The drama, ‘Antigone, the Burial at Thebes’, being offered at Belvoir, is suggested as an ‘interpretation’ of Sophocles’ ‘Antigone’ not a translation of the original. It is not ‘the text or … the criticism surrounding it, but the words and rhythms of another work entirely.’ (Heaney). In this work playwright, Seamus Heaney heard the ‘stricken urgent note … for the anxious, cornered Antigone at the start of the play’ and it galvanised him into this work. It was apparently inspired by the events that led to the invasion of Iraq. We however are left with the work on the page as interpreted for the stage by the present company, superbly directed by Chris Kohn.
It is a brilliant interpretation but unmistakably the work of Sophocles and that is very important. While Kohn comments in his notes that Sophocles spoke to an audience ‘thousands of years departed from [us] … of a different epoch’ it is the very nature of the Greek tragedy as defined by Aristotle in his ‘Poetics’ that ensured they wrote not for the Greek audience but for all men for all time. That is why it is a timeless piece of drama; it is why it speaks so urgently to us today.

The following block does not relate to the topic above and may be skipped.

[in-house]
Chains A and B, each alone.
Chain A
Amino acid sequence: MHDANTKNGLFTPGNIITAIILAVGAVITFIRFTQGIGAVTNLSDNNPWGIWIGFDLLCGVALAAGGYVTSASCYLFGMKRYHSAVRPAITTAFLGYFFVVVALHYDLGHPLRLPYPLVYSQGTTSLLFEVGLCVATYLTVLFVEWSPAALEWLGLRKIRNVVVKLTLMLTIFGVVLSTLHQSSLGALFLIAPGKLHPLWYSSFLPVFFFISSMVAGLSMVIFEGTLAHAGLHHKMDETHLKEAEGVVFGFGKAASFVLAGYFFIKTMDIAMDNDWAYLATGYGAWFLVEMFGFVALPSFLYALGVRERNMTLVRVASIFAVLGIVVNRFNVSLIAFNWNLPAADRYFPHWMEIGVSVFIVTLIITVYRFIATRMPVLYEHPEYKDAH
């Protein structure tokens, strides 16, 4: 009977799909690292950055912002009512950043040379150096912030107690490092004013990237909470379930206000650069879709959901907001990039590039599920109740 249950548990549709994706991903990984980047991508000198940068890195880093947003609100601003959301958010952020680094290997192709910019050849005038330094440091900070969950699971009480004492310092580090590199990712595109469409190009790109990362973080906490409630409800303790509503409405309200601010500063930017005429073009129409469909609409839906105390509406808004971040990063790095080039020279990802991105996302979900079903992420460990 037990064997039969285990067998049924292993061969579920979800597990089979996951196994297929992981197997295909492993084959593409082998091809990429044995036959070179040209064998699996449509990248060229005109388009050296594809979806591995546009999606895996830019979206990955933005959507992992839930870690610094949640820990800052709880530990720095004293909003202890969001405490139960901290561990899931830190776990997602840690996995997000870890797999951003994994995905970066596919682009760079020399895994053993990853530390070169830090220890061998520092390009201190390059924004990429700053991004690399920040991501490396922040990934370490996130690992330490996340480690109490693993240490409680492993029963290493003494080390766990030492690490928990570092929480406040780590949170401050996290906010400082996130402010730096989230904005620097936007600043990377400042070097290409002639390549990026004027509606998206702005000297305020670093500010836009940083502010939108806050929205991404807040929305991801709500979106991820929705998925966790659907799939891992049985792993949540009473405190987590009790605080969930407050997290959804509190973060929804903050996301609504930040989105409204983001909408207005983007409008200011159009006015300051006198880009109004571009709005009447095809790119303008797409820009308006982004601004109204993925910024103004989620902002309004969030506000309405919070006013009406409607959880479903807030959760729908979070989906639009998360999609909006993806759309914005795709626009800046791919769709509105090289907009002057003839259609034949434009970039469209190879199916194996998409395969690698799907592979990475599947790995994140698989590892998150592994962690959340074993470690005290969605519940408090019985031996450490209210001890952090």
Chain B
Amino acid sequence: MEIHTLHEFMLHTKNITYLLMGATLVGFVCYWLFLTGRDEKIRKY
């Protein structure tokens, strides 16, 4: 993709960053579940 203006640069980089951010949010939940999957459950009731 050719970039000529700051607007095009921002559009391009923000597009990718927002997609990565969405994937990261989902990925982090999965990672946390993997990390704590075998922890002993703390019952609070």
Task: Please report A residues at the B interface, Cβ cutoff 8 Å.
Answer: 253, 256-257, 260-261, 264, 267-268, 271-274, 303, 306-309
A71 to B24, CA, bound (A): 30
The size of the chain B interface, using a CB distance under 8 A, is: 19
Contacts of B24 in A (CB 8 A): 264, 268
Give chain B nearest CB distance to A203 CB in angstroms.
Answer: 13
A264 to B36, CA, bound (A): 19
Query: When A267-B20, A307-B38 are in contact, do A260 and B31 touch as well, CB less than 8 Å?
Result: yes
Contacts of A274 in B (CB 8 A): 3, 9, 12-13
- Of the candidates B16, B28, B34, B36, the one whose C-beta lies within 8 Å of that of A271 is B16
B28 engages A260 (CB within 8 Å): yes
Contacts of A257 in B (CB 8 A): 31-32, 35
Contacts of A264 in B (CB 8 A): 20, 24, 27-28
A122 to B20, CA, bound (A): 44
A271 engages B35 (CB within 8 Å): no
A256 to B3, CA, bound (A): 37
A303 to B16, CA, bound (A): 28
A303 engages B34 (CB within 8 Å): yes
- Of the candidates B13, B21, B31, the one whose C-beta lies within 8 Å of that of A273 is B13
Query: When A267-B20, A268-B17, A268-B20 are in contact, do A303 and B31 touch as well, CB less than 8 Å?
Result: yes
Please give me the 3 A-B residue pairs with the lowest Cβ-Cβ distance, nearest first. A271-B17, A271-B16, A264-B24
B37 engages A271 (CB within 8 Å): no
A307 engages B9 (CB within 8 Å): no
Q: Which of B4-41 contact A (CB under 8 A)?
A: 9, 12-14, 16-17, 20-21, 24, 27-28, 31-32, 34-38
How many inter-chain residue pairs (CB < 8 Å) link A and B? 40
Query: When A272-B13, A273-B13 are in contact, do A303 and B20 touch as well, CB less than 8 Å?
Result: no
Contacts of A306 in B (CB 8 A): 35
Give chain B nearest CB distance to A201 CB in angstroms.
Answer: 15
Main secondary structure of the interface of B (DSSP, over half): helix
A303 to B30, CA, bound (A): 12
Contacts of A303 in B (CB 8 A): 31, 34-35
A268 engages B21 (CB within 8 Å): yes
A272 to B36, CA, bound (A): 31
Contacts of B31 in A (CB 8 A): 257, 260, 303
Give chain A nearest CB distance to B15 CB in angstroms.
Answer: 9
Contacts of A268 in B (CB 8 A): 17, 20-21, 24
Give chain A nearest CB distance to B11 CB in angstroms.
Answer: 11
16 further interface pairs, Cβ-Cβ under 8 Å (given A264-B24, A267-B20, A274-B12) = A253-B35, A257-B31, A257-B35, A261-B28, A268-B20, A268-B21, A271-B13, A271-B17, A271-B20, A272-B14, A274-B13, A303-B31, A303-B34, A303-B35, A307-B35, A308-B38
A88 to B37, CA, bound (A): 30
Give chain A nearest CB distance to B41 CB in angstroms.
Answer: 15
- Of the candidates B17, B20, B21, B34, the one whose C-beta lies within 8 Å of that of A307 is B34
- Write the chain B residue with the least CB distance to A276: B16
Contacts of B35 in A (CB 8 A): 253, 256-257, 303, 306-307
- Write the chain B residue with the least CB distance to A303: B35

When Heaney heard Antigone’s opening words, ‘What is to become of us, why are we always the ones?’ it was certainly directed to an audience accustomed to a different form of theatre than that of today but the audiences remain very closely related through time in nature. The theme of ‘Antigone’ is not constrained by the events that supposedly take place in the story but by the outcome of the argument that logic presents through the actors personifying what is put in the propositions.